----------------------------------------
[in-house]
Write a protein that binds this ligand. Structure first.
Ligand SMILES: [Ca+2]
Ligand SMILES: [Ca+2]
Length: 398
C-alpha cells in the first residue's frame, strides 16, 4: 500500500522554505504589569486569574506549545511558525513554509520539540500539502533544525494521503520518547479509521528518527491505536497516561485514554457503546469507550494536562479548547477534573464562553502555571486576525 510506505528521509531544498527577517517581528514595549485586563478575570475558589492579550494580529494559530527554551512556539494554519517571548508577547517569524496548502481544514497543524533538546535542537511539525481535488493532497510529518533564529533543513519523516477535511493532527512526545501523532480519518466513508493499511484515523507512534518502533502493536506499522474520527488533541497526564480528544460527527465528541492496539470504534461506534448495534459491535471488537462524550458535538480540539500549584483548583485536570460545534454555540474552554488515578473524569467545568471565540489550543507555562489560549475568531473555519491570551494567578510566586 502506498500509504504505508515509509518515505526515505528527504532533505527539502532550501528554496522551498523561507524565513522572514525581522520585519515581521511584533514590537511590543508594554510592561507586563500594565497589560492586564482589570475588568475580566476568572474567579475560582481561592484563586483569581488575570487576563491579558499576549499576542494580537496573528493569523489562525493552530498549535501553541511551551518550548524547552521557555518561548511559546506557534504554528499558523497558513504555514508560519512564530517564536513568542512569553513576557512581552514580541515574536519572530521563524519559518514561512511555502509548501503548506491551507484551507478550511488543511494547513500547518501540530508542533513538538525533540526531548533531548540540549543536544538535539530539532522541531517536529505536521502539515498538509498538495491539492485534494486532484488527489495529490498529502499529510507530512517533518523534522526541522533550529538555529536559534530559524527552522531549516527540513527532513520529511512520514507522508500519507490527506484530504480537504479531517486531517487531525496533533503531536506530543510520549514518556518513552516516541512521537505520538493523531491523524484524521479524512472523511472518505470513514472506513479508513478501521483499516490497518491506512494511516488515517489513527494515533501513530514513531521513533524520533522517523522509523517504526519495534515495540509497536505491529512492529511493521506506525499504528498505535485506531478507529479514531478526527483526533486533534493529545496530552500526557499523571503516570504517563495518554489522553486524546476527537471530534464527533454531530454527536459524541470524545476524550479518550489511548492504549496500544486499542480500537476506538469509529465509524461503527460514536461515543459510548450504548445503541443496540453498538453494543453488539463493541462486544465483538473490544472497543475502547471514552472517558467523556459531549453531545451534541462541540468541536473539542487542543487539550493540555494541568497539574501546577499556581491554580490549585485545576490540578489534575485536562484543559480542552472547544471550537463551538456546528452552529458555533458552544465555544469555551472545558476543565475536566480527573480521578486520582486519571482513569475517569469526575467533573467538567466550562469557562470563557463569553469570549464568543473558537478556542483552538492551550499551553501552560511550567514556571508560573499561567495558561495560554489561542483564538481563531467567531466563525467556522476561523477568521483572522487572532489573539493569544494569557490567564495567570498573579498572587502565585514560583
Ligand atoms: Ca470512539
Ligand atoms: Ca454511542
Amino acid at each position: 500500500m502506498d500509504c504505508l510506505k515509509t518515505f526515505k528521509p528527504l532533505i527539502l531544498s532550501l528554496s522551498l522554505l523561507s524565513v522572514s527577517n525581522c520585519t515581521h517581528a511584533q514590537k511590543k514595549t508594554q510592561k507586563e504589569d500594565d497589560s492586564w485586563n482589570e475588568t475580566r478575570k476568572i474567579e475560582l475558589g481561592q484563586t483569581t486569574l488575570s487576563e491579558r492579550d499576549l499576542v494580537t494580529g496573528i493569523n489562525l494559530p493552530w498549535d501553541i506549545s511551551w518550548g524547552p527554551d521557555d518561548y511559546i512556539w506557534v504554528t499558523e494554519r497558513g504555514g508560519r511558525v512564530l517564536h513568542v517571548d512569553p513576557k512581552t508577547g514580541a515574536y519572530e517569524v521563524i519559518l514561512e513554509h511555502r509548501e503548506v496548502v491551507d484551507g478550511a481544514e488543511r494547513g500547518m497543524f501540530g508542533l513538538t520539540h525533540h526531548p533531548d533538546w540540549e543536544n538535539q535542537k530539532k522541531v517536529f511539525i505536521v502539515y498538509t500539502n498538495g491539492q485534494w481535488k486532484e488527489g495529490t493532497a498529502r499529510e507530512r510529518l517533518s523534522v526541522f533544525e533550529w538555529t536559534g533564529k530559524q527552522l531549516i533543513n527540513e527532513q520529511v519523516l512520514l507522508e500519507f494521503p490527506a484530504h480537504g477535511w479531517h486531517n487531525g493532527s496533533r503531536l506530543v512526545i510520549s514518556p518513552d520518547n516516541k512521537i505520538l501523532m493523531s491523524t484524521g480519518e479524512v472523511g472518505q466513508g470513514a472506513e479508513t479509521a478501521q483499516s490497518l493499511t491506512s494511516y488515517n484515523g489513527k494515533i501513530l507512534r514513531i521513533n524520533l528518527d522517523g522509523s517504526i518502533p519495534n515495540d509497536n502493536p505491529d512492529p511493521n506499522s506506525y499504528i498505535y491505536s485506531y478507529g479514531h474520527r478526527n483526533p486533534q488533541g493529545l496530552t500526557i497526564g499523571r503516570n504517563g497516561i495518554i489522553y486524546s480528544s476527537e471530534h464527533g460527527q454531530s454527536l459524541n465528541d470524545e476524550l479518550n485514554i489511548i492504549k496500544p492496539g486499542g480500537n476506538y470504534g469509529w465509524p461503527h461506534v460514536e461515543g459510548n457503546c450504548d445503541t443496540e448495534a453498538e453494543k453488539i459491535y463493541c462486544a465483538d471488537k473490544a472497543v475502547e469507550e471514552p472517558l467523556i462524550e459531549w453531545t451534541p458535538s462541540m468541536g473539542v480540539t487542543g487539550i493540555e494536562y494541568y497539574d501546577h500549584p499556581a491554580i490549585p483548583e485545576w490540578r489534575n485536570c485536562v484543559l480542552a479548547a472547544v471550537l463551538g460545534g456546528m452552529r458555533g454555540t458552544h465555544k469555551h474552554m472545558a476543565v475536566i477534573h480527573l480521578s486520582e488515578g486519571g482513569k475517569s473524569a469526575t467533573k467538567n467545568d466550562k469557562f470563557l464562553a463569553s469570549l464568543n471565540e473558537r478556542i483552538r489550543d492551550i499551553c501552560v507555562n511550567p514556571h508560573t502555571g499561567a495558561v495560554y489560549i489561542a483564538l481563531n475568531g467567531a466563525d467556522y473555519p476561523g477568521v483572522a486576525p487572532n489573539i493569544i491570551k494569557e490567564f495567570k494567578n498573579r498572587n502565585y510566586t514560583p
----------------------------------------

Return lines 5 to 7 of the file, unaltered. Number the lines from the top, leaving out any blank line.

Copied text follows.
Length: 398
C-alpha cells in the first residue's frame, strides 16, 4: 500500500522554505504589569486569574506549545511558525513554509520539540500539502533544525494521503520518547479509521528518527491505536497516561485514554457503546469507550494536562479548547477534573464562553502555571486576525 510506505528521509531544498527577517517581528514595549485586563478575570475558589492579550494580529494559530527554551512556539494554519517571548508577547517569524496548502481544514497543524533538546535542537511539525481535488493532497510529518533564529533543513519523516477535511493532527512526545501523532480519518466513508493499511484515523507512534518502533502493536506499522474520527488533541497526564480528544460527527465528541492496539470504534461506534448495534459491535471488537462524550458535538480540539500549584483548583485536570460545534454555540474552554488515578473524569467545568471565540489550543507555562489560549475568531473555519491570551494567578510566586 502506498500509504504505508515509509518515505526515505528527504532533505527539502532550501528554496522551498523561507524565513522572514525581522520585519515581521511584533514590537511590543508594554510592561507586563500594565497589560492586564482589570475588568475580566476568572474567579475560582481561592484563586483569581488575570487576563491579558499576549499576542494580537496573528493569523489562525493552530498549535501553541511551551518550548524547552521557555518561548511559546506557534504554528499558523497558513504555514508560519512564530517564536513568542512569553513576557512581552514580541515574536519572530521563524519559518514561512511555502509548501503548506491551507484551507478550511488543511494547513500547518501540530508542533513538538525533540526531548533531548540540549543536544538535539530539532522541531517536529505536521502539515498538509498538495491539492485534494486532484488527489495529490498529502499529510507530512517533518523534522526541522533550529538555529536559534530559524527552522531549516527540513527532513520529511512520514507522508500519507490527506484530504480537504479531517486531517487531525496533533503531536506530543510520549514518556518513552516516541512521537505520538493523531491523524484524521479524512472523511472518505470513514472506513479508513478501521483499516490497518491506512494511516488515517489513527494515533501513530514513531521513533524520533522517523522509523517504526519495534515495540509497536505491529512492529511493521506506525499504528498505535485506531478507529479514531478526527483526533486533534493529545496530552500526557499523571503516570504517563495518554489522553486524546476527537471530534464527533454531530454527536459524541470524545476524550479518550489511548492504549496500544486499542480500537476506538469509529465509524461503527460514536461515543459510548450504548445503541443496540453498538453494543453488539463493541462486544465483538473490544472497543475502547471514552472517558467523556459531549453531545451534541462541540468541536473539542487542543487539550493540555494541568497539574501546577499556581491554580490549585485545576490540578489534575485536562484543559480542552472547544471550537463551538456546528452552529458555533458552544465555544469555551472545558476543565475536566480527573480521578486520582486519571482513569475517569469526575467533573467538567466550562469557562470563557463569553469570549464568543473558537478556542483552538492551550499551553501552560511550567514556571508560573499561567495558561495560554489561542483564538481563531467567531466563525467556522476561523477568521483572522487572532489573539493569544494569557490567564495567570498573579498572587502565585514560583
Ligand atoms: Ca470512539